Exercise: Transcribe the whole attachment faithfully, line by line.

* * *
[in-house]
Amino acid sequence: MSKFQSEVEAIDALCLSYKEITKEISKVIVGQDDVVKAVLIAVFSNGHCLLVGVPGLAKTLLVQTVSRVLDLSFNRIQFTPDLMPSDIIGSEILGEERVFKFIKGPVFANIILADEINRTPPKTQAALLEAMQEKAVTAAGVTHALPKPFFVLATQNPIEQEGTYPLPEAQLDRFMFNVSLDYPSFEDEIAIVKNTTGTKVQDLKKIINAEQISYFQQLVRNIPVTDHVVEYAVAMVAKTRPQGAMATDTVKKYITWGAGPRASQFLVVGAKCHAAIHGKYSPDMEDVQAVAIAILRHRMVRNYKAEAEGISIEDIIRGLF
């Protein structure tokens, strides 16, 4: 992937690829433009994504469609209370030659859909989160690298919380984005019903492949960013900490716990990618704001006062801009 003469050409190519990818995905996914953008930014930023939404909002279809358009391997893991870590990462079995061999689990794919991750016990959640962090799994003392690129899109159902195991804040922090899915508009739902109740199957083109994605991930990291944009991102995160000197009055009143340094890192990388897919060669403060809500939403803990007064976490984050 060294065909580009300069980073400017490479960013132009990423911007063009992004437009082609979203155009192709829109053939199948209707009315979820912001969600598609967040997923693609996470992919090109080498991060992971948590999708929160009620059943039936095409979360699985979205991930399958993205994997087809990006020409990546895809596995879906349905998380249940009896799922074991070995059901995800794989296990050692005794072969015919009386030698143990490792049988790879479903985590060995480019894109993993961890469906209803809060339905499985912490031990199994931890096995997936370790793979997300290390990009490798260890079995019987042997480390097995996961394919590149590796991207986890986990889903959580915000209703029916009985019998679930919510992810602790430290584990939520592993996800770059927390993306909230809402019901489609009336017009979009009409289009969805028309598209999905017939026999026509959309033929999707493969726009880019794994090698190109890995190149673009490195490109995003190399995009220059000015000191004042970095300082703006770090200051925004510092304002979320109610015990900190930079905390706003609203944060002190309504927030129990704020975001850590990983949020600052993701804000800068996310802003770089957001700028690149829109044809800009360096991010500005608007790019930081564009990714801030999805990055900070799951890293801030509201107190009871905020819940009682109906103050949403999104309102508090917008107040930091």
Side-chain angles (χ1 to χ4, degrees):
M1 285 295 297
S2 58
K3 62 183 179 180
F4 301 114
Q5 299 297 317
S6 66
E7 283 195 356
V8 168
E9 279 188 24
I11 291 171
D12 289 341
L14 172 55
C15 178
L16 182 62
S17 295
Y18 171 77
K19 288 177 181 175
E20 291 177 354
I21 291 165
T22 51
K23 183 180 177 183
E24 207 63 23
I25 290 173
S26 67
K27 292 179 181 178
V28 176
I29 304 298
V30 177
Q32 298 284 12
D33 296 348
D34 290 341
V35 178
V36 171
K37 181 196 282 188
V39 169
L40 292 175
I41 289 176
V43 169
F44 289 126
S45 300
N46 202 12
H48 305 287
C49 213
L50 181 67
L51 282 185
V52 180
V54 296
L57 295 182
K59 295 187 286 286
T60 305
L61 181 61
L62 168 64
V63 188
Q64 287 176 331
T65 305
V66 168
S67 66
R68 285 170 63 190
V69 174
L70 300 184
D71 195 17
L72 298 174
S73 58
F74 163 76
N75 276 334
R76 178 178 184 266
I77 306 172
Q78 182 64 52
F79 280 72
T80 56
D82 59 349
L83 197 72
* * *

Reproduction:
[in-house]
Amino acid sequence: MSKFQSEVEAIDALCLSYKEITKEISKVIVGQDDVVKAVLIAVFSNGHCLLVGVPGLAKTLLVQTVSRVLDLSFNRIQFTPDLMPSDIIGSEILGEERVFKFIKGPVFANIILADEINRTPPKTQAALLEAMQEKAVTAAGVTHALPKPFFVLATQNPIEQEGTYPLPEAQLDRFMFNVSLDYPSFEDEIAIVKNTTGTKVQDLKKIINAEQISYFQQLVRNIPVTDHVVEYAVAMVAKTRPQGAMATDTVKKYITWGAGPRASQFLVVGAKCHAAIHGKYSPDMEDVQAVAIAILRHRMVRNYKAEAEGISIEDIIRGLF
């Protein structure tokens, strides 16, 4: 992937690829433009994504469609209370030659859909989160690298919380984005019903492949960013900490716990990618704001006062801009 003469050409190519990818995905996914953008930014930023939404909002279809358009391997893991870590990462079995061999689990794919991750016990959640962090799994003392690129899109159902195991804040922090899915508009739902109740199957083109994605991930990291944009991102995160000197009055009143340094890192990388897919060669403060809500939403803990007064976490984050 060294065909580009300069980073400017490479960013132009990423911007063009992004437009082609979203155009192709829109053939199948209707009315979820912001969600598609967040997923693609996470992919090109080498991060992971948590999708929160009620059943039936095409979360699985979205991930399958993205994997087809990006020409990546895809596995879906349905998380249940009896799922074991070995059901995800794989296990050692005794072969015919009386030698143990490792049988790879479903985590060995480019894109993993961890469906209803809060339905499985912490031990199994931890096995997936370790793979997300290390990009490798260890079995019987042997480390097995996961394919590149590796991207986890986990889903959580915000209703029916009985019998679930919510992810602790430290584990939520592993996800770059927390993306909230809402019901489609009336017009979009009409289009969805028309598209999905017939026999026509959309033929999707493969726009880019794994090698190109890995190149673009490195490109995003190399995009220059000015000191004042970095300082703006770090200051925004510092304002979320109610015990900190930079905390706003609203944060002190309504927030129990704020975001850590990983949020600052993701804000800068996310802003770089957001700028690149829109044809800009360096991010500005608007790019930081564009990714801030999805990055900070799951890293801030509201107190009871905020819940009682109906103050949403999104309102508090917008107040930091």
Side-chain angles (χ1 to χ4, degrees):
M1 285 295 297
S2 58
K3 62 183 179 180
F4 301 114
Q5 299 297 317
S6 66
E7 283 195 356
V8 168
E9 279 188 24
I11 291 171
D12 289 341
L14 172 55
C15 178
L16 182 62
S17 295
Y18 171 77
K19 288 177 181 175
E20 291 177 354
I21 291 165
T22 51
K23 183 180 177 183
E24 207 63 23
I25 290 173
S26 67
K27 292 179 181 178
V28 176
I29 304 298
V30 177
Q32 298 284 12
D33 296 348
D34 290 341
V35 178
V36 171
K37 181 196 282 188
V39 169
L40 292 175
I41 289 176
V43 169
F44 289 126
S45 300
N46 202 12
H48 305 287
C49 213
L50 181 67
L51 282 185
V52 180
V54 296
L57 295 182
K59 295 187 286 286
T60 305
L61 181 61
L62 168 64
V63 188
Q64 287 176 331
T65 305
V66 168
S67 66
R68 285 170 63 190
V69 174
L70 300 184
D71 195 17
L72 298 174
S73 58
F74 163 76
N75 276 334
R76 178 178 184 266
I77 306 172
Q78 182 64 52
F79 280 72
T80 56
D82 59 349
L83 197 72